Gov. Brad Little announced Thursday that he will begin reopening Idaho after issuing a stay-at-home order in the wake of the COVID-19 pandemic.
The process to reopen the state will be gradual and will happen in four stages, Little said, including when bars, restaurants, religious organizations, and businesses can get resume operations.
“Idaho’s rebound from COVID-19 and our path to prosperity start with employee and consumer confidence, which leads into business stability and growth, and eventually promotion and attraction,” Little said in a statement.
During the first phase, starting May 1, houses of worship can open if they adhere to social distancing measures and sanitation protocols. Daycares, organized youth activities, and camps can also reopen.
On May 16, during the second phase, restaurant dining rooms can open after they have submitted plans to local public health districts. Indoor gyms, salons, and recreation facilities can also open under certain conditions, according to Idaho’s website on its reopening plan.
The third phase, starting May 30, allows vulnerable Idahoans to “resume public interactions,” but they “should practice physical distancing, minimizing exposure to social settings where distancing may not be practical, unless precautionary measures are observed,” according to the website. It will also discontinue the 14-day self-quarantining for people entering the state, while allowing nonessential travel to locations that allow it.
The final, fourth phase will start June 14 and allows public or private gatherings of more than 50 people, but they have to adhere to social distancing guidelines. It will also resume unrestricted staffing of workplaces, but people will have to use physical distancing, personal protections, and sanitation for protection of workers.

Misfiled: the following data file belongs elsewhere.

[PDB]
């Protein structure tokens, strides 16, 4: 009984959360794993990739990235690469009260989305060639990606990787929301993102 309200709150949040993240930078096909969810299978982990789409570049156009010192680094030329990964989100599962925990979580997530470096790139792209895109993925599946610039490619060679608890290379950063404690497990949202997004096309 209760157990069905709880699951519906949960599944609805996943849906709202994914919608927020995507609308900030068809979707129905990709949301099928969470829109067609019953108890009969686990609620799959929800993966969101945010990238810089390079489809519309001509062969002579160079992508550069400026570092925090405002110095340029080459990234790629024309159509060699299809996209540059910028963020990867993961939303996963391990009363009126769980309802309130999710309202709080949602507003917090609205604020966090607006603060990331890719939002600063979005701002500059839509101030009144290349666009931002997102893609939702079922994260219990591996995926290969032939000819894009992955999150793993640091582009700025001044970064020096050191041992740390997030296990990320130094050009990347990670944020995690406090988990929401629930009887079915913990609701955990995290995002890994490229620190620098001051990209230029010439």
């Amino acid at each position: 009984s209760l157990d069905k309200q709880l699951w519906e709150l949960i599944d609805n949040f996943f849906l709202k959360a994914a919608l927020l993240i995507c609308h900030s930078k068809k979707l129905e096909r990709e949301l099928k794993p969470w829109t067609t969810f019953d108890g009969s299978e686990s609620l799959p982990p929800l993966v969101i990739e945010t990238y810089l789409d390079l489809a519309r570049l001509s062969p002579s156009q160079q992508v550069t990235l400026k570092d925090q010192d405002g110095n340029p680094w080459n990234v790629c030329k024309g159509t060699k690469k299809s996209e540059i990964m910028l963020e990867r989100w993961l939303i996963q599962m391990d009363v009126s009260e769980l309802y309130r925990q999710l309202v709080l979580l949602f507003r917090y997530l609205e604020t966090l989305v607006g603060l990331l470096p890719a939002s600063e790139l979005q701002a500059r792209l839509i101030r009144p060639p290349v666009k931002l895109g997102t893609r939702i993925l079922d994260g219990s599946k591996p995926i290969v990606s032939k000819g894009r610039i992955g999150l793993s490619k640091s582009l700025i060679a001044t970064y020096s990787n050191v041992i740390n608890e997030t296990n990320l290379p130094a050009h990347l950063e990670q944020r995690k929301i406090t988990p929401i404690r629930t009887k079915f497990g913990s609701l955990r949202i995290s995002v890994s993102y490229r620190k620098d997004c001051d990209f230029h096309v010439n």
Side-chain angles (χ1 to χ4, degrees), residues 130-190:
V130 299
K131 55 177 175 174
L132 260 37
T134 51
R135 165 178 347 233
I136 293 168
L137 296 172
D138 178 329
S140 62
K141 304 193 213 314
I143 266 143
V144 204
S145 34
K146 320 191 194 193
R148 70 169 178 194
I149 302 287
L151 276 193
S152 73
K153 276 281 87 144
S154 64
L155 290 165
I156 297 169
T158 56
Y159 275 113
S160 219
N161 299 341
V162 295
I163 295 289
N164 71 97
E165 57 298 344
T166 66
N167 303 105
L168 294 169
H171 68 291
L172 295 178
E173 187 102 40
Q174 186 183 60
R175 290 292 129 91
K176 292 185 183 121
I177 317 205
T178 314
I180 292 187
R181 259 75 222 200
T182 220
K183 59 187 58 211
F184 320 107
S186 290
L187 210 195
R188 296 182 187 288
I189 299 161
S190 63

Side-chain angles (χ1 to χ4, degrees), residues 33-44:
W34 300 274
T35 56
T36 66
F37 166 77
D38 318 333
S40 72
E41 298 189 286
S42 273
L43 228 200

The state will also allow people to visit senior living facilities, jails, corrections centers, and other places. Bars, nightclubs, sporting venues, and theaters can also operate with diminished occupancy.
Idaho and dozens of other states implemented stay-at-home orders that have closed down numerous businesses to curb the spread of the CCP (Chinese Communist Party) virus, leading to more than 25 million people to file for unemployment insurance.
The governors of Montana and Oklahoma on Wednesday announced their intentions to reopen the state.
“There are very few states in the country that can say they have seen the number of positive cases decline over these past weeks. Montana can say that because, together, we have made that decline in cases possible,” Montana Gov. Steve Bullock told reporters in announcing the gradual, phased reopening of the state. Some businesses can reopen on Monday, he said.
Meanwhile, Oklahoma Gov. Kevin Stitt said that hair salons, spas, pet groomers, and nail salons can open. Those businesses also have to adhere to social distancing guidelines. “Let me be clear, we will do this safely, responsibly and based on the data in our state,” Stitt said, reported The Oklahoman.